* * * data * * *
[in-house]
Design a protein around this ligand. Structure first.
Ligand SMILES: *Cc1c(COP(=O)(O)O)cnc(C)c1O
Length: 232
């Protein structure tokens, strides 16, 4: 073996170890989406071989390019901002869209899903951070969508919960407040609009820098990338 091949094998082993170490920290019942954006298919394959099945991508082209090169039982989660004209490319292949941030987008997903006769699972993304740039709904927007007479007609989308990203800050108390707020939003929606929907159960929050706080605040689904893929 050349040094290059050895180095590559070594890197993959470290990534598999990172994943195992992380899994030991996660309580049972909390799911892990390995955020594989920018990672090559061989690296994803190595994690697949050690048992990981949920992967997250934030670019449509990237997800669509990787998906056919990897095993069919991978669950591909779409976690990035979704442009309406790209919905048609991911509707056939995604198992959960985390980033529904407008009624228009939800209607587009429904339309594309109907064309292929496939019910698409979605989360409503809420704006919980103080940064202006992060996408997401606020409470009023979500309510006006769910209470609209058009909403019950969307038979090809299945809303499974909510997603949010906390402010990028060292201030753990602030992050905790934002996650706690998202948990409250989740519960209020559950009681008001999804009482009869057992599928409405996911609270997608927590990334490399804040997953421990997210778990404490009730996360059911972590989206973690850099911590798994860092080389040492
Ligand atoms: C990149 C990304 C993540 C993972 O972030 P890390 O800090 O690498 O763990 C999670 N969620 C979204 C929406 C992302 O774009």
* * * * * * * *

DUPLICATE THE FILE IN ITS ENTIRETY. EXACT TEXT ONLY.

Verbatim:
[in-house]
Design a protein around this ligand. Structure first.
Ligand SMILES: *Cc1c(COP(=O)(O)O)cnc(C)c1O
Length: 232
């Protein structure tokens, strides 16, 4: 073996170890989406071989390019901002869209899903951070969508919960407040609009820098990338 091949094998082993170490920290019942954006298919394959099945991508082209090169039982989660004209490319292949941030987008997903006769699972993304740039709904927007007479007609989308990203800050108390707020939003929606929907159960929050706080605040689904893929 050349040094290059050895180095590559070594890197993959470290990534598999990172994943195992992380899994030991996660309580049972909390799911892990390995955020594989920018990672090559061989690296994803190595994690697949050690048992990981949920992967997250934030670019449509990237997800669509990787998906056919990897095993069919991978669950591909779409976690990035979704442009309406790209919905048609991911509707056939995604198992959960985390980033529904407008009624228009939800209607587009429904339309594309109907064309292929496939019910698409979605989360409503809420704006919980103080940064202006992060996408997401606020409470009023979500309510006006769910209470609209058009909403019950969307038979090809299945809303499974909510997603949010906390402010990028060292201030753990602030992050905790934002996650706690998202948990409250989740519960209020559950009681008001999804009482009869057992599928409405996911609270997608927590990334490399804040997953421990997210778990404490009730996360059911972590989206973690850099911590798994860092080389040492
Ligand atoms: C990149 C990304 C993540 C993972 O972030 P890390 O800090 O690498 O763990 C999670 N969620 C979204 C929406 C992302 O774009």